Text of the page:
The “Sets” feature in Windows 10’s Redstone 5 update makes tabs appear alongside windows in the Alt+Tab switcher. Even Microsoft Edge browser tabs appear in Alt+Tab. But you can hide these tabs and restore the classic Alt+Tab behavior, instead.

The Redstone 5 update is currently available in Insider Preview form. It will be released sometime in Fall 2018 and will be named something else—probably the “October 2018 Update” or “November 2018 Update.”

RELATED: Windows 10 is Changing How Alt+Tab Works, Here’s What You Need to Know

To change this setting, head to Settings > System > Multitasking on your PC.

Scroll down to the “Sets” section, click the dropdown menu under “Pressing Alt+Tab shows the most recently used,” and then select the “Windows only” option. The default setting is “Windows and tabs,” which shows both windows and tabs.

You may also want to click the box under “Apps and websites automatically open in a new” and select the “Window” setting there to prevent apps and websites from opening in tabs.

Windows 10 currently has no option to disable Sets tabs, so this is the most you can do if you don’t like it. You can still switch between tabs using keyboard shortcuts like Ctrl+Windows+Tab, even after you hide them from the Alt+Tab switcher.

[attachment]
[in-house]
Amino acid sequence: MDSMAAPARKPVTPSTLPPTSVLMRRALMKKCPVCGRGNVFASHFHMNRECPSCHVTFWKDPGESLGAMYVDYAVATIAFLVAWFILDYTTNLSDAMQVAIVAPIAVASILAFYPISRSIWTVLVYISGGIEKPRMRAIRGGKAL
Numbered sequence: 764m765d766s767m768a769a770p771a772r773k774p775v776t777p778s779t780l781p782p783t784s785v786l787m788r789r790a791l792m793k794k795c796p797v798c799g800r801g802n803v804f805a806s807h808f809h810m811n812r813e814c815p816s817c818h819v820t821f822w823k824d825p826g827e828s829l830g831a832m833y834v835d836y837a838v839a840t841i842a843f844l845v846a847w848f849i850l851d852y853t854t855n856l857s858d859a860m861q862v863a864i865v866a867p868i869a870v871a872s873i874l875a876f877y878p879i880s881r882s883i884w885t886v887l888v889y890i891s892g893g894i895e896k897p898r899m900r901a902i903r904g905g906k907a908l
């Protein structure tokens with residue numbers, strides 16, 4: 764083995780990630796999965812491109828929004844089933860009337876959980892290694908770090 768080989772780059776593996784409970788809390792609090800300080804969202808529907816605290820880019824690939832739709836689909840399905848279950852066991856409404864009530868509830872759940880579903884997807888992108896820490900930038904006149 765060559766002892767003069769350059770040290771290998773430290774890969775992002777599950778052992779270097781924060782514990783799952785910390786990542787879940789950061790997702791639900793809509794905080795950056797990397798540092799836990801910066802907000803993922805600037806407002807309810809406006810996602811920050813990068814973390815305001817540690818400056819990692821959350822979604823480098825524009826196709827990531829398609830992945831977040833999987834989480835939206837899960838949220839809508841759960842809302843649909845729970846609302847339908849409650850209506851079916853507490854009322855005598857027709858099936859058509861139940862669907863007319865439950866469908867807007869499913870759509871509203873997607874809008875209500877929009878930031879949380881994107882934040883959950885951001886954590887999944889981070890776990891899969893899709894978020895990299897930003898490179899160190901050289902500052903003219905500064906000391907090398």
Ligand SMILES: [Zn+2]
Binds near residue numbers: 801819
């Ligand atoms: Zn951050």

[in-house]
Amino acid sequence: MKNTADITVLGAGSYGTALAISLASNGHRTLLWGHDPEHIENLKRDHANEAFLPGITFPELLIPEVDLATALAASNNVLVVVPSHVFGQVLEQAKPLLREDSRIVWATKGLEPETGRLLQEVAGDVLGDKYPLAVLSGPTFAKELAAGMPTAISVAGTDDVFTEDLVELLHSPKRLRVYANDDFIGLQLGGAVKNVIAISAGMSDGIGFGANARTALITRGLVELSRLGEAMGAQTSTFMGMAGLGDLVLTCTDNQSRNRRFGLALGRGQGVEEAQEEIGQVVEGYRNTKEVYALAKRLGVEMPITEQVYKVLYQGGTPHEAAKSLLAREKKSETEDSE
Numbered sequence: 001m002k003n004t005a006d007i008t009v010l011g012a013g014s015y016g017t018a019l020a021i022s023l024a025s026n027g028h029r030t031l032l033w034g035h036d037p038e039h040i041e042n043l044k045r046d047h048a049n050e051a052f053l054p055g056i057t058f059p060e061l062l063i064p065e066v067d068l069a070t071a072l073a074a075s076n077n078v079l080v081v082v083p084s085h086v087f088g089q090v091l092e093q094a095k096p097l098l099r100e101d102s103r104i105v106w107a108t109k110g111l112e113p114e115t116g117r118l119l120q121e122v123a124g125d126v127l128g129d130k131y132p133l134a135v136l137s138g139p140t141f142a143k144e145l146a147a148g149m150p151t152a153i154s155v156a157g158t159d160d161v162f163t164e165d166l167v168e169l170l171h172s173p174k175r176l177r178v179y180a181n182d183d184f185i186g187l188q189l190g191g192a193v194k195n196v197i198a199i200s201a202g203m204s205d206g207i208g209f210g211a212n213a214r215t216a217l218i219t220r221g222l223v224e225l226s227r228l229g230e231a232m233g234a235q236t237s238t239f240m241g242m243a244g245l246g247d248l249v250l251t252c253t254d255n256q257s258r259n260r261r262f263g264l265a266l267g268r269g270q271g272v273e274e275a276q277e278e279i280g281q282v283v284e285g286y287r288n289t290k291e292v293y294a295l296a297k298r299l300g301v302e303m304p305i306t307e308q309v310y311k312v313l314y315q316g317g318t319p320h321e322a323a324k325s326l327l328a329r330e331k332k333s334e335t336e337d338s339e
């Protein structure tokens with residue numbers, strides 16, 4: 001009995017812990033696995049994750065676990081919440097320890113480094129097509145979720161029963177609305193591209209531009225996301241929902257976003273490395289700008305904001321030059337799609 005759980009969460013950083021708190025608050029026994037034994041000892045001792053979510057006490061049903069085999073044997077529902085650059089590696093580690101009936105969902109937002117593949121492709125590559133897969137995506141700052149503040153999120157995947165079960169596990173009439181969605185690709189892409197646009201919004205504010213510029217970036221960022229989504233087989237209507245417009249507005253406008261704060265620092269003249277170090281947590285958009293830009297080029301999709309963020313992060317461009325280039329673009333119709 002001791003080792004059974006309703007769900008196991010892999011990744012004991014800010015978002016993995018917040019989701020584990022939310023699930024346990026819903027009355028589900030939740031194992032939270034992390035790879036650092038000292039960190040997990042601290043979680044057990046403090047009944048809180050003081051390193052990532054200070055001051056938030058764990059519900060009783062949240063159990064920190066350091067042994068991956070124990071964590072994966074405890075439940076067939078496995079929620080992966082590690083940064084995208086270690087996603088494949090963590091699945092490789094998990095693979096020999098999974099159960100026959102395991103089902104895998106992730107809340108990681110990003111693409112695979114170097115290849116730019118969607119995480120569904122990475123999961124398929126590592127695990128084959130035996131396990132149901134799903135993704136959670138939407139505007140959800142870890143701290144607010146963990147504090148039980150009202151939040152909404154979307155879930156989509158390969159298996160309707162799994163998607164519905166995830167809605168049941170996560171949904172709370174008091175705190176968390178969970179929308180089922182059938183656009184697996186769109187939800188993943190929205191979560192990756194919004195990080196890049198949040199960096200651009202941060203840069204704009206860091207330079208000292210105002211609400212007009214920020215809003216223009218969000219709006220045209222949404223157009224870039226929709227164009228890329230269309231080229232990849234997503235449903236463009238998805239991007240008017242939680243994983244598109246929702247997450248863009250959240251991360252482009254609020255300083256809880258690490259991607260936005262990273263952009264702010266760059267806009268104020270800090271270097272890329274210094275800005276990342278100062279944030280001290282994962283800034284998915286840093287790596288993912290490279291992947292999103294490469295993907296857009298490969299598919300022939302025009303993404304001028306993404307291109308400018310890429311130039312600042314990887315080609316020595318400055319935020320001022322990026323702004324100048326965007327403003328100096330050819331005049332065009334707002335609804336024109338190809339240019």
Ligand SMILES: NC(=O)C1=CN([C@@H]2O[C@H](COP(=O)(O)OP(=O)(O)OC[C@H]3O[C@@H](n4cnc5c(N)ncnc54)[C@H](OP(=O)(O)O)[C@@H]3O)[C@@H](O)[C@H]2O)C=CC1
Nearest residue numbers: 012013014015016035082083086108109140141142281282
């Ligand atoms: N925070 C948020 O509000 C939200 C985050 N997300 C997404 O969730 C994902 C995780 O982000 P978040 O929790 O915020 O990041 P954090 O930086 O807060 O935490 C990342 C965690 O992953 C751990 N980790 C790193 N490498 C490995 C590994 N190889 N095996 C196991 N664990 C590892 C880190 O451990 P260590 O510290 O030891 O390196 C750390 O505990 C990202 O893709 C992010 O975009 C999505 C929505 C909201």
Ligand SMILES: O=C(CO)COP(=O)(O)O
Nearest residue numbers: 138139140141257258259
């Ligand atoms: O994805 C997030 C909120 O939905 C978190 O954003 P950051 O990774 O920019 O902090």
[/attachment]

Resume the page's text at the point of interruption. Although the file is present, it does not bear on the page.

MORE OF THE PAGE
RELATED: How to Use Sets in Windows 10 to Organize Apps Into Tabs

Note that Google Chrome and Mozilla Firefox tabs won’t appear in the Alt+Tab switcher because they use their own custom type of tab. Other applications that use their own type of tab won’t have their tabs appear in the Alt+Tab switcher, either.

If these applications ever enable support for Sets, their tabs will appear in Alt+Tab, too.

Chris Hoffman Chris Hoffman
Chris Hoffman is Editor in Chief of How-To Geek. He's written about technology for nearly a decade and was a PCWorld columnist for two years. Chris has been interviewed as a technology expert on TV stations like Miami's NBC 6 and Chicago's WGN-TV, and his work has been covered by news outlets like The New York Times and the BBC. Since 2011, Chris has written over 2,000 articles that have been read more than 500 million times---and that's just here at How-To Geek.
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